A study published in March 2016 assessing the effects of waterpipe smoking on the human lung in young, light-use waterpipe smokers found that young, light-use waterpipe-only smokers have a variety of abnormalities in multiple lung-related biologic and clinical parameters including more cough and sputum, lower lung diffusing capacity, abnormal epithelial lining fluid metabolome profile, increased proportions of small airway epithelial (SAE) secretory and intermediate cells, reduced proportions of SAE ciliated and basal cells, markedly abnormal SAE and alveolar macrophage transcriptomes, and elevated levels of apoptotic endothelial cell microparticles.[45] These results suggest that even limited waterpipe use has broad consequences on human lung biology and health.

The charcoal used to heat the tobacco-fruit preparation is a significant source of toxicants in the waterpipe smoke that users inhale. Charcoal is produced by incomplete combustion of wood. As in incomplete combustion of other organic materials, polycyclic aromatic hydrocarbons (PAHs) are produced. It is well known that burning charcoal produces large amounts of CO. Burning charcoal produces benzene,[46] a carcinogen associated with increased incidence of leukemia. Charcoal emissions were the primary source of CO and carcinogenic PAHs; 90% of CO and 75-92% of 4- and 5-ring PAHs (the heavy molecular PAHs) originated from the charcoal.[47]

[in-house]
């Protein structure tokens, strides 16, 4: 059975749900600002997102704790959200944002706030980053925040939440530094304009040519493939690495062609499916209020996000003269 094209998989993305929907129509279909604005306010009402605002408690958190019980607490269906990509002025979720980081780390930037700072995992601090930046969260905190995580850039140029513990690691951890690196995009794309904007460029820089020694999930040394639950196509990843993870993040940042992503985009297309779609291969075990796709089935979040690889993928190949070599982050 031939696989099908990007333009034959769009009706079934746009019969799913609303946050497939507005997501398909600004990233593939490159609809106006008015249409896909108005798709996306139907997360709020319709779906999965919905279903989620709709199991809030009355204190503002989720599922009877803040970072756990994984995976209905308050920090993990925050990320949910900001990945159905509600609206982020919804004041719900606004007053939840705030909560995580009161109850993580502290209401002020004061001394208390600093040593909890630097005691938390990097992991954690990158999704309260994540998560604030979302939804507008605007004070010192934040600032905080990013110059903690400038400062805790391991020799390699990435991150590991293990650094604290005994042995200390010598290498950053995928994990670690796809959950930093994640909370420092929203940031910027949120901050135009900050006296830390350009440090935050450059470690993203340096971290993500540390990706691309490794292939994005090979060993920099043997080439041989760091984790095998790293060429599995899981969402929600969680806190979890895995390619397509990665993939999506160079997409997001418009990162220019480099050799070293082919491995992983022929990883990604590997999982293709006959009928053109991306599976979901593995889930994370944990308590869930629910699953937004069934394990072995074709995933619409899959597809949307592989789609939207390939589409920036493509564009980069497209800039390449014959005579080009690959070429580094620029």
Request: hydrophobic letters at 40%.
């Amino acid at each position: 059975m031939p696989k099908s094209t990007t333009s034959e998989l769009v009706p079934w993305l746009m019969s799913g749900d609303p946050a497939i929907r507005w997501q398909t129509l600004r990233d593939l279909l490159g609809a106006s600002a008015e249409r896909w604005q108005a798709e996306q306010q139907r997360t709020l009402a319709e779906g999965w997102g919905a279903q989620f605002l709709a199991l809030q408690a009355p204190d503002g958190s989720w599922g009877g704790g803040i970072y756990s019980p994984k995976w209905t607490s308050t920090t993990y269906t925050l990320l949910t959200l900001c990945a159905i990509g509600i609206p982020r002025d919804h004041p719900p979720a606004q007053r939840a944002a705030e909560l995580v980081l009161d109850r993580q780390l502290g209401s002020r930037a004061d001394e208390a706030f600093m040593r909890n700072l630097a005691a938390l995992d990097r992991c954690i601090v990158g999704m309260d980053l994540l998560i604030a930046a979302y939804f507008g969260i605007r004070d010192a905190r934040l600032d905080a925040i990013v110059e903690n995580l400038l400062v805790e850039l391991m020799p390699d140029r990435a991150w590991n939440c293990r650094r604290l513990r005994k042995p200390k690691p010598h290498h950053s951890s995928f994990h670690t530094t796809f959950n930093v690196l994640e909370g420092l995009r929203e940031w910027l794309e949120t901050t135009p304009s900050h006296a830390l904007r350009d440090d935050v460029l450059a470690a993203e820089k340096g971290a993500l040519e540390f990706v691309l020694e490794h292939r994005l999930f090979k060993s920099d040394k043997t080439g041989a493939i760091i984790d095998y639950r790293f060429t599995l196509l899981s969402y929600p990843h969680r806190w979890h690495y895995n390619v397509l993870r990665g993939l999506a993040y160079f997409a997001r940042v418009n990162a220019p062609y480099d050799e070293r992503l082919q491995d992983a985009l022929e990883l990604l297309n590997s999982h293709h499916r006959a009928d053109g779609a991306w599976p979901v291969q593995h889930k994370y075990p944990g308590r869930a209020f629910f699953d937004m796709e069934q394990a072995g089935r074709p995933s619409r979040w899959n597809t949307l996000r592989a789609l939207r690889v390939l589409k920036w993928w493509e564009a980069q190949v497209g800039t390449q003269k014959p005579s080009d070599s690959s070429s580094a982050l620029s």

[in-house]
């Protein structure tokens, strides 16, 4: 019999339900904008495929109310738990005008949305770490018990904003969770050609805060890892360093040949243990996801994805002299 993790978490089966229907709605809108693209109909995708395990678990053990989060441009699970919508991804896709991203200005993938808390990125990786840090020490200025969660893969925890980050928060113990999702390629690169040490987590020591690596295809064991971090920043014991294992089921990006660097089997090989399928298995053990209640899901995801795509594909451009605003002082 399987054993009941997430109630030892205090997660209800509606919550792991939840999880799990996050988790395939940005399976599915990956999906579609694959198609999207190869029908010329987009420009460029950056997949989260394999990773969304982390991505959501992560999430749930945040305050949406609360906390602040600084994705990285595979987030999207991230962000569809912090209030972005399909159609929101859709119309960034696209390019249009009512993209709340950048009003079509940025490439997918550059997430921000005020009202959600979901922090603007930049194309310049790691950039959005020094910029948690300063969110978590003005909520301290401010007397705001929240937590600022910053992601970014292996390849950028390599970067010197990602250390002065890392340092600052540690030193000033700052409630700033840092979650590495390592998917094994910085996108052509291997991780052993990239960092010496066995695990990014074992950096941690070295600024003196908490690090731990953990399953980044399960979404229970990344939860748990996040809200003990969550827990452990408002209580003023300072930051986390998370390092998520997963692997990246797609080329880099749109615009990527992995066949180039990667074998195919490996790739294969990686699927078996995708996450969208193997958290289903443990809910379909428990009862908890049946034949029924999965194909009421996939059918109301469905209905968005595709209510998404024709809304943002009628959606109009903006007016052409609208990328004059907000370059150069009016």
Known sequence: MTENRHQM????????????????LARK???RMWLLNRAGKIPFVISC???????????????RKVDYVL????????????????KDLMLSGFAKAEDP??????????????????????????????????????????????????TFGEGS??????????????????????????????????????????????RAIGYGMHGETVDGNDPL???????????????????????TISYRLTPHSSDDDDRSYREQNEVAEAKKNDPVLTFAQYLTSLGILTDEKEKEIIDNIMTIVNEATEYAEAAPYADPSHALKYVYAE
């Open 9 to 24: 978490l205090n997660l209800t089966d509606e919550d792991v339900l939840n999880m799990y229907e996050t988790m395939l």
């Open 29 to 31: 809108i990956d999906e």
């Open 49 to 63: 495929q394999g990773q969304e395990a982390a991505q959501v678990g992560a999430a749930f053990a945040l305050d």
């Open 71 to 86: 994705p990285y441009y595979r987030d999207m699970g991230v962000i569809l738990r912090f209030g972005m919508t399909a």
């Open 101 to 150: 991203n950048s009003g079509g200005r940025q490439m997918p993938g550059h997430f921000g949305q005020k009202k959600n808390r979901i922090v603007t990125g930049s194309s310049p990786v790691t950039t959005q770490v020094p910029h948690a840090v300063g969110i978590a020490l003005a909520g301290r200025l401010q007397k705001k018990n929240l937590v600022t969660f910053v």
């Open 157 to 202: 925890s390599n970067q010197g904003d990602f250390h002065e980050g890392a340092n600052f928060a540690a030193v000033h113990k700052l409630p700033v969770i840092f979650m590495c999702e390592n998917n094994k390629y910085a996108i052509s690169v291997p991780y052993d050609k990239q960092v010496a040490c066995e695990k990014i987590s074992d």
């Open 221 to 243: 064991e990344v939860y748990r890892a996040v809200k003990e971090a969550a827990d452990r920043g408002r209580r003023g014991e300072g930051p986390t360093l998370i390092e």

Waterpipe smoking presents health risks that in some ways are higher than cigarette smoking. One session of waterpipe use can lead to inhalation of 40 to 80 liters of smoke versus approximately 1 liter of smoke from a cigarette.[48] Many of the toxicants found in cigarette smoke are found in waterpipe smoke, which includes polycyclic aromatic hydrocarbons, volatile aldehydes, carbon monoxide, and heavy metals. Given the higher volume of smoke inhalation, a waterpipe user can be exposed to greater levels of these toxicants than from smoking a cigarette.[49] 

Waterpipe smoking has increased over the past decade in the United States, most notably among adolescents and young adults.[50] A February 2022 analysis of Population Assessment of Tobacco and Health (PATH) data found a high prevalence of waterpipe tobacco initiation and progression among adolescents and young adults over time, with minority racial/ethnic groups (e.g., Hispanic, non-Hispanic Black) at greater risk for both initiation and progression.[51] Young adults who engage in waterpipe smoking are most often dual- or poly-users with other tobacco or nicotine products. Among young-adult waterpipe smokers in a 2017 FDA/NIH PATH study, only 29% were exclusive users of waterpipe.[52] The high prevalence of dual-use suggests that waterpipe smoking would be viewed as an acceptable alternative to cigars for at least some cigar smokers.